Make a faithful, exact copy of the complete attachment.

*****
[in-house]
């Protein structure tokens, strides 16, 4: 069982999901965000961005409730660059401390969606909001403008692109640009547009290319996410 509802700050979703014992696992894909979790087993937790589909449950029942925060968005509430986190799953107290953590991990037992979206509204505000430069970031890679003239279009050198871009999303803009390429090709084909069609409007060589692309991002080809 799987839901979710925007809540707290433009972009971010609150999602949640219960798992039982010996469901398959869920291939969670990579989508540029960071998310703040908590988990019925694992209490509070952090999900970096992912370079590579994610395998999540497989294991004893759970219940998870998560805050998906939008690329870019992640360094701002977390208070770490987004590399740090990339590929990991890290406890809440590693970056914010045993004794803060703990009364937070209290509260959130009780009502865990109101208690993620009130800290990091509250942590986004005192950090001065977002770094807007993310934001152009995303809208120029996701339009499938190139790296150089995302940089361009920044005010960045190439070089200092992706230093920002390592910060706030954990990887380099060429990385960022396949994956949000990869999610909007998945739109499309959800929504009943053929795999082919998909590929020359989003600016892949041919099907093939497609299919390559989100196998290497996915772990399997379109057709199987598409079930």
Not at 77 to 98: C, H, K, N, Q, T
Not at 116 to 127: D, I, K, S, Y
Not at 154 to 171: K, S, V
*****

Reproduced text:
[in-house]
């Protein structure tokens, strides 16, 4: 069982999901965000961005409730660059401390969606909001403008692109640009547009290319996410 509802700050979703014992696992894909979790087993937790589909449950029942925060968005509430986190799953107290953590991990037992979206509204505000430069970031890679003239279009050198871009999303803009390429090709084909069609409007060589692309991002080809 799987839901979710925007809540707290433009972009971010609150999602949640219960798992039982010996469901398959869920291939969670990579989508540029960071998310703040908590988990019925694992209490509070952090999900970096992912370079590579994610395998999540497989294991004893759970219940998870998560805050998906939008690329870019992640360094701002977390208070770490987004590399740090990339590929990991890290406890809440590693970056914010045993004794803060703990009364937070209290509260959130009780009502865990109101208690993620009130800290990091509250942590986004005192950090001065977002770094807007993310934001152009995303809208120029996701339009499938190139790296150089995302940089361009920044005010960045190439070089200092992706230093920002390592910060706030954990990887380099060429990385960022396949994956949000990869999610909007998945739109499309959800929504009943053929795999082919998909590929020359989003600016892949041919099907093939497609299919390559989100196998290497996915772990399997379109057709199987598409079930």
Not at 77 to 98: C, H, K, N, Q, T
Not at 116 to 127: D, I, K, S, Y
Not at 154 to 171: K, S, V